We’ve been blogging at MedievalFragments for nearly two-and-a-half years, but like all good things, it has to come to an end sometime! The project, Turning Over a New Leaf, is coming, in part, to a conclusion, with two of its members completing their contracts at Leiden University. So, in farewell, we’re taking this opportunity to review our years of blogging…
– We’ve written 130 posts since the launch of the blog on February 25, 2012 (this will be our 131st post!)
– We’ve had nearly 250,000 views (249,032 to be precise, as of 10am this morning)
– Our best ever day of views (over 6000) was Tuesday April 2, 2013 – thanks to one of our posts (guest written by Thijs Porck, lecturer at Leiden University) going viral on Reddit. You can read ‘Paws, Pee and Mice: Cats Among Medieval Manuscripts’, one of our top performing blogs, here. It’s had over 60,000 views to date!
– Our readers climbed from around 18,500 in our first half year of blogging (2012), to over 133,000 in 2013… proving, perhaps, that persistence in academic blogging pays off.
We’ve used the blog for a variety of purposes, including publicising the project, writing about our research, and about conferences and exhibitions we have attended. Most of all, we’ve enjoyed writing the blog as a way to encourage knowledge of medieval manuscripts. Some of our posts have found a broader audience, such as Jenny Weston’s post on Manuscripts for the Rich & Famous (Super Bling)!, which was picked up and reprinted by Quest Magazine, a history magazine for children available on the iPad. We hope that the blog will continue to be useful for teachers and students of medieval history, and for anyone who loves medieval manuscripts like we do!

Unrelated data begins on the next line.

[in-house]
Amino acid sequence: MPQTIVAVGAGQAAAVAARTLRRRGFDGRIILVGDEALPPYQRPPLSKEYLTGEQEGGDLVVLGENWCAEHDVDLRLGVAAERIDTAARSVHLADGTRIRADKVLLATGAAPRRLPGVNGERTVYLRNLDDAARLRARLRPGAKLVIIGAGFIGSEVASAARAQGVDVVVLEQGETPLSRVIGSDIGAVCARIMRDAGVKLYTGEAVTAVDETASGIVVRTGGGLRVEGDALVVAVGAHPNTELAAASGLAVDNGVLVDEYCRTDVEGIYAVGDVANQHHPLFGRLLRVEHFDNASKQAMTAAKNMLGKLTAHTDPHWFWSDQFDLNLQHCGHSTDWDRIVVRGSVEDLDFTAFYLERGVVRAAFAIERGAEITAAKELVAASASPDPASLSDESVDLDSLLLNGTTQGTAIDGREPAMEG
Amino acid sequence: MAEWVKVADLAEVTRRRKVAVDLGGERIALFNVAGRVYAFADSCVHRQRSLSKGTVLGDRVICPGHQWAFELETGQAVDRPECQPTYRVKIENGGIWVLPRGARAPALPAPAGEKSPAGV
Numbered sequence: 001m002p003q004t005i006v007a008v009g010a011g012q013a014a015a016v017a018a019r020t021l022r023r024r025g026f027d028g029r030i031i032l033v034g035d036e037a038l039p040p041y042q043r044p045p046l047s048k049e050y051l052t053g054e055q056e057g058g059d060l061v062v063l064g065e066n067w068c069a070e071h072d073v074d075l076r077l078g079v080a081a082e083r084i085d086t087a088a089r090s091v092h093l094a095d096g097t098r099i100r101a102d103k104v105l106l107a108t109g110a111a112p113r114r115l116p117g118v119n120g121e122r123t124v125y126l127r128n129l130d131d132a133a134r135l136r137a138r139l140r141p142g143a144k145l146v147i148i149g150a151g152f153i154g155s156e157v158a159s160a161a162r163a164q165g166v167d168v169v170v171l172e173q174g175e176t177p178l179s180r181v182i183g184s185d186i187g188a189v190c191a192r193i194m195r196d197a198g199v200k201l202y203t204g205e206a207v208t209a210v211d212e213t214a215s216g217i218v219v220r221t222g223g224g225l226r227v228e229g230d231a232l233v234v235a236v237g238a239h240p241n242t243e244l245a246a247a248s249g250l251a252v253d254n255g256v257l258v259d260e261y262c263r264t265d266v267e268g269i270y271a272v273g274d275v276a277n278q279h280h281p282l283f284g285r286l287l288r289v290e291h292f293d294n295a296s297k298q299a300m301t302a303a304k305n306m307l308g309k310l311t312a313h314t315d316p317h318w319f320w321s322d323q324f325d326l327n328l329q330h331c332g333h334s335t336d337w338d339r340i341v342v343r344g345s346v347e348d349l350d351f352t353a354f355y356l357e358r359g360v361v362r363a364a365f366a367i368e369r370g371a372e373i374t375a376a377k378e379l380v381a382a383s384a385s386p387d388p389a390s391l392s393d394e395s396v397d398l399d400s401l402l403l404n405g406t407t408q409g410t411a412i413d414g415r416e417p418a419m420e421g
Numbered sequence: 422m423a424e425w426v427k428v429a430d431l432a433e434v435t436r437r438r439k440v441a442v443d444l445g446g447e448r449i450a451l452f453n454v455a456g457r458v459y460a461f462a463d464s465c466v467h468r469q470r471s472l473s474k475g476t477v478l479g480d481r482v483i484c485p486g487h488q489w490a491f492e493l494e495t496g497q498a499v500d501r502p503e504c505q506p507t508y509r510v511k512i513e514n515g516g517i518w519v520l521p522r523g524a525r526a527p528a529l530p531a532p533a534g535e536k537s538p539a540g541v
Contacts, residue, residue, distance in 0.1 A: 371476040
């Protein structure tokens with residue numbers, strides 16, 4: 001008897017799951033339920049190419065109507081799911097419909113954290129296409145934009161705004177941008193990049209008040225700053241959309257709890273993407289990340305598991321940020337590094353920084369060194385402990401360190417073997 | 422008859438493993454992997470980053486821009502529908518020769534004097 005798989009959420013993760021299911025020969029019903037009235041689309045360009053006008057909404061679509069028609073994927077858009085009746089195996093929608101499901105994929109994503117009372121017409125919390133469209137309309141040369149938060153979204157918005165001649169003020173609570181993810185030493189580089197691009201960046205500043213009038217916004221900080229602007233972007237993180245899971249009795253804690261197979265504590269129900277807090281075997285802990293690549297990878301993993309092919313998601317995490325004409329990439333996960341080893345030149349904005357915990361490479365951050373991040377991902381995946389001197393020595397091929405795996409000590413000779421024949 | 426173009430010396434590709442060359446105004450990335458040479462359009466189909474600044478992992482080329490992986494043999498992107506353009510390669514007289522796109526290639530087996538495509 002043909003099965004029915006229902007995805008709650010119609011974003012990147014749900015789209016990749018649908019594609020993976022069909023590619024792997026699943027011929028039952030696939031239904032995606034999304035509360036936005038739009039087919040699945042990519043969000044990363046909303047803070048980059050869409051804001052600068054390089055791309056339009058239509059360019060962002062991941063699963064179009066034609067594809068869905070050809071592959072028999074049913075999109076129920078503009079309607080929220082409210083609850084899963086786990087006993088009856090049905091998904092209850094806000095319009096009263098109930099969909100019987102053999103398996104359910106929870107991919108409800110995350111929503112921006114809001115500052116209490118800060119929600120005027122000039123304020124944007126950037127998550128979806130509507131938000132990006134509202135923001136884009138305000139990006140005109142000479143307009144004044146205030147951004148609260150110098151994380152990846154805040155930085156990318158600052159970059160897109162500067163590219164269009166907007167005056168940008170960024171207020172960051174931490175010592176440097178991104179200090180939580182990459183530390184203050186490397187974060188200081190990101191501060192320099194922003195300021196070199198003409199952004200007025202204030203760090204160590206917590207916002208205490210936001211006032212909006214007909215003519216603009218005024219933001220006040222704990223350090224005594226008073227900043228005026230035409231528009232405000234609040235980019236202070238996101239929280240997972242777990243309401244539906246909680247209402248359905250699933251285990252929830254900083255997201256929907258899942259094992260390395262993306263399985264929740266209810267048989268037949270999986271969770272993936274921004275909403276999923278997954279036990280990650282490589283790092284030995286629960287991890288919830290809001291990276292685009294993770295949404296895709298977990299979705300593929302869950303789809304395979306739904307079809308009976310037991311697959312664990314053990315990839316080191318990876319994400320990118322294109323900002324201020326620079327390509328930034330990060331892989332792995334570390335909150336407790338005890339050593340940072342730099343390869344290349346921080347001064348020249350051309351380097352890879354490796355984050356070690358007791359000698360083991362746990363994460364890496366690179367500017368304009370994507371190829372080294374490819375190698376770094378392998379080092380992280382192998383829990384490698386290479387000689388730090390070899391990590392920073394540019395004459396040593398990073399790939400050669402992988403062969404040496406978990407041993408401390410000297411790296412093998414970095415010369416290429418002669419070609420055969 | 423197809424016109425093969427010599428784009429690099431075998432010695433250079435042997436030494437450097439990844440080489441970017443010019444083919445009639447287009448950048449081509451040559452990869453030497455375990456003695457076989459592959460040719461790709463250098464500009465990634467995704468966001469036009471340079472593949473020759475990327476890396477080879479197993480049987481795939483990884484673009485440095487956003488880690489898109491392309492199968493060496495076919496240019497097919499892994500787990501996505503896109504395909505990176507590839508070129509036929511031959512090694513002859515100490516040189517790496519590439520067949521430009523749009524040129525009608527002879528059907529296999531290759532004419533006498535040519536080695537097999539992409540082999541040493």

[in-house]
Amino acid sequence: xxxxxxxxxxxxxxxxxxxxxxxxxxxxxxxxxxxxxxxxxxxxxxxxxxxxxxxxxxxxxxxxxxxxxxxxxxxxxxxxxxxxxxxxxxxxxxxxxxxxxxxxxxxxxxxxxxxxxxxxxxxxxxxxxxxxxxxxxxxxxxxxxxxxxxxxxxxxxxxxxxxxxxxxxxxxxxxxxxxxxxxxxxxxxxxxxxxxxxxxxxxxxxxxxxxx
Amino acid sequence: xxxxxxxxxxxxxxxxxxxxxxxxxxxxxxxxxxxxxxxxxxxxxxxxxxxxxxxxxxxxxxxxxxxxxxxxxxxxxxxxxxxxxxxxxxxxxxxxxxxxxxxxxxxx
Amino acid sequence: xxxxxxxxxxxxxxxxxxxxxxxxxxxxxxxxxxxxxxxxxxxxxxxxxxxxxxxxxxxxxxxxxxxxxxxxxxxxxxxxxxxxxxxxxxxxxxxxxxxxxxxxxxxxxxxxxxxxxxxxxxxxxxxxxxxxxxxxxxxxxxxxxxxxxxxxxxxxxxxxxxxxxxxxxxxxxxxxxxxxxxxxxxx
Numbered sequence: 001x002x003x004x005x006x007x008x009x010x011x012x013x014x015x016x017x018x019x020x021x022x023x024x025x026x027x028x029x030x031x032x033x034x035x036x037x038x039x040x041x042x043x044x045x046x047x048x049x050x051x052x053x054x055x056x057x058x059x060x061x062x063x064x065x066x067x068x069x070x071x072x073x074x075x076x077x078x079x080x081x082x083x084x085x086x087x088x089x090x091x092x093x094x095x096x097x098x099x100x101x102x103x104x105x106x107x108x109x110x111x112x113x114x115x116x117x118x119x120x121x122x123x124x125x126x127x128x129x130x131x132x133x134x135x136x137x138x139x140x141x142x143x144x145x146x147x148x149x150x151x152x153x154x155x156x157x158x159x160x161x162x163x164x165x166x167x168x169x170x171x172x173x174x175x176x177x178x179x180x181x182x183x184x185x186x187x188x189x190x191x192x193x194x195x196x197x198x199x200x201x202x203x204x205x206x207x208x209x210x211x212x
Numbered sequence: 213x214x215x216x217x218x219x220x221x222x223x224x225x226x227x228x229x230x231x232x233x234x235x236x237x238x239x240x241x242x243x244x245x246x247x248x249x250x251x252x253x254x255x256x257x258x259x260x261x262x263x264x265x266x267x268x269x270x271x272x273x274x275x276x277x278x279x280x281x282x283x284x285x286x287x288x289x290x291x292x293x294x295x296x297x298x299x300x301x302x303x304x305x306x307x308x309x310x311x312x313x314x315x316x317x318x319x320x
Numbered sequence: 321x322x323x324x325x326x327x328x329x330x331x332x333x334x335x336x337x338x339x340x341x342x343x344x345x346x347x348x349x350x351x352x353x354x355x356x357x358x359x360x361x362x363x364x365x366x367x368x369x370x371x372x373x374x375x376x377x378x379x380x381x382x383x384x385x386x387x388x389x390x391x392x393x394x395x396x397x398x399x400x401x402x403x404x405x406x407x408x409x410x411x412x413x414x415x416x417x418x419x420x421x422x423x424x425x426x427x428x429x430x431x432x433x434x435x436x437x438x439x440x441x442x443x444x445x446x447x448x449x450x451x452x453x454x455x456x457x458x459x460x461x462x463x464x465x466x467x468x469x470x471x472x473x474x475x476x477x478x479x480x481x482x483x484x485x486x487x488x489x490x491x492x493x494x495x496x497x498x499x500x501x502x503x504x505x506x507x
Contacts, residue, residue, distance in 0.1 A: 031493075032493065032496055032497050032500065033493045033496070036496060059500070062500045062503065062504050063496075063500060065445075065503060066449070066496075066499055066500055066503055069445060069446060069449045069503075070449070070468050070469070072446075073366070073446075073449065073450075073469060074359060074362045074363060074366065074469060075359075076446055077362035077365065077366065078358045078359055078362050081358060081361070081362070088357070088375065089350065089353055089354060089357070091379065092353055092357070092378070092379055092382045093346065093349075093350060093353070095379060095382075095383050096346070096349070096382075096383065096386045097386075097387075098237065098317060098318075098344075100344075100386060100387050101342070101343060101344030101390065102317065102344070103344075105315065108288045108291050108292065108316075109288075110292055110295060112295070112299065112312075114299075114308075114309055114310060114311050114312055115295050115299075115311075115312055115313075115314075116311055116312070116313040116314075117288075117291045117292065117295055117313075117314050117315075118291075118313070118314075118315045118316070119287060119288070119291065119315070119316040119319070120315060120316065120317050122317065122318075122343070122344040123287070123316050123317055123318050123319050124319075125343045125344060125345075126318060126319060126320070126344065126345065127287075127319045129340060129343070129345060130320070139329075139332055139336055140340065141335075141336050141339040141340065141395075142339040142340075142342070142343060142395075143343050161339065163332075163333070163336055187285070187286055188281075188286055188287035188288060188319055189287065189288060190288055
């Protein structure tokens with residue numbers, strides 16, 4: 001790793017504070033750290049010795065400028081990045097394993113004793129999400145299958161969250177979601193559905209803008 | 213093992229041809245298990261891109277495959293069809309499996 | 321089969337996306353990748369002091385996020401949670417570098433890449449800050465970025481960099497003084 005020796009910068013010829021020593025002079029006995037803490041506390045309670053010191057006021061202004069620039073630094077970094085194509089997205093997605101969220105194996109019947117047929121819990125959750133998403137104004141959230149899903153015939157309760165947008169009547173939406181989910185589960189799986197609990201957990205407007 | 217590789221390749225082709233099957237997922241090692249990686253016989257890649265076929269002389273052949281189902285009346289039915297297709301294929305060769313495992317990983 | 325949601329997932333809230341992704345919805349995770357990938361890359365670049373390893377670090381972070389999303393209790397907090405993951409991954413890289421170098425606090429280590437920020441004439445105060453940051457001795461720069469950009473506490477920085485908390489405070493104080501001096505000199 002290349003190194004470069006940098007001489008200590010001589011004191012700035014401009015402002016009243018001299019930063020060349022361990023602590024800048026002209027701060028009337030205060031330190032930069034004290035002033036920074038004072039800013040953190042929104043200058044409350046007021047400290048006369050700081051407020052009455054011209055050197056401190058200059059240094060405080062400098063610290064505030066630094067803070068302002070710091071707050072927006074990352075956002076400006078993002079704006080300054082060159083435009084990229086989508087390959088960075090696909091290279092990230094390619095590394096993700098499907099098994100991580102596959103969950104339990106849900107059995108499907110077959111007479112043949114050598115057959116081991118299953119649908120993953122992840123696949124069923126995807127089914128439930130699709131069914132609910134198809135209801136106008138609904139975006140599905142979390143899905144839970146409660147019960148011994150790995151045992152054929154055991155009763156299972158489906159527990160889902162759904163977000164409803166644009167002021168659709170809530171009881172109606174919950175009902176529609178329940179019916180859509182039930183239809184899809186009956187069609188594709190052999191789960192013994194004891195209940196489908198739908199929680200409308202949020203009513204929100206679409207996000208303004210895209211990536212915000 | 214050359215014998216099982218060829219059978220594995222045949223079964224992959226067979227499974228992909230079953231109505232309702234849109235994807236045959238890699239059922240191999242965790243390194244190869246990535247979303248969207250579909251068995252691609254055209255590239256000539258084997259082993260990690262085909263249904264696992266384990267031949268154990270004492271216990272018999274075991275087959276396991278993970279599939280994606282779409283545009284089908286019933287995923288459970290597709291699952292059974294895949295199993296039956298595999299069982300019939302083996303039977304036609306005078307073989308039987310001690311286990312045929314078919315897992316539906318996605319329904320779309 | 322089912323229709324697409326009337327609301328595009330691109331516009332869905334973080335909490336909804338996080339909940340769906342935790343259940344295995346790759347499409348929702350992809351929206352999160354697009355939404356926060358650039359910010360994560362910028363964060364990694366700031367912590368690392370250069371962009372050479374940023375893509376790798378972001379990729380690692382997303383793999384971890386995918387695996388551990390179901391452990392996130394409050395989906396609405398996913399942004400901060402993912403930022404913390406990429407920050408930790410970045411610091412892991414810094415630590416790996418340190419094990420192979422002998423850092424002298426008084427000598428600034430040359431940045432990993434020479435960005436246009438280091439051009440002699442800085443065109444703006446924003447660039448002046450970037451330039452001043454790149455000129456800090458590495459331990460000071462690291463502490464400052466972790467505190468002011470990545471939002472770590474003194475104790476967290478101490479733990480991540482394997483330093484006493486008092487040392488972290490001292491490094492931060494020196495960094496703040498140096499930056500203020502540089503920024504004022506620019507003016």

What next? The project will officially come to an end in May 2015. Future activities include a conference to be held in March 2015 (‘The European Book in the Long Twelfth Century’ – you can watch for updates on this and other events on our homepage). We will also continue to maintain and update our Flickr and Facebook pages. Erik Kwakkel, project leader, has recently started a new blog, and continues to maintain a lively Twitter and Tumblr stream. He continues his research on dating medieval script, and has a number of publications in progress. Irene O’Daly, postdoc on the project, is starting a new position as Research Associate at the John Rylands Research Institute at the University of Manchester. She’s writing a book on ‘Diagrams and the Study of Ciceronian Rhetoric in the Middle Ages’. Jenny Weston, PhD student, is finishing her thesis on ‘Devotional Reading at the Abbey of Fécamp, c. 1000-1200’, and hopes to defend in early 2015. Julie Somers, PhD student, will continue work on her thesis ‘Women and the Written Word: Textual Culture in Court and Convent During the Twelfth Century Renaissance’. You can follow her on Twitter, and check out beautiful photos of all things medieval on her personal Flickr stream, and her Tumblr. Jenneka Janzen, PhD student, is also working on a thesis-in-progress on ‘Written Culture at Ter Duinen: Cistercian Monks and their Books, 1140-1250’, and will be exploring the treasures of libraries in Bruges further over the course of the next year. She is also an Editor in Chief of the Journal of the LUCAS Graduate Conference, issues of which can be downloaded here.
We’d like to take this opportunity to offer some thanks. The project has been funded by the NWO (Nederlandse Organisatie voor Wetenschappelijk Onderzoek), and we have been very grateful for its support. We’d like to thank Leiden University, particularly the Special Collections section at the University Library, for allowing generous access to their manuscript collection. We’ve had a number of guest bloggers over the duration of the blog, and have really appreciated their contribution: Thijs Porck, David Ganz, Francis Newton, Ramona Venema, Marjolein de Vos, Cynthia Lange, and Giulio Menna. Finally, we are thankful to all the readers of the blog – we hope you have enjoyed our posts as much as we have enjoyed writing them!
P.S. We have a not-so-secret plan in the works to publish some of our blog posts in a book – stay tuned!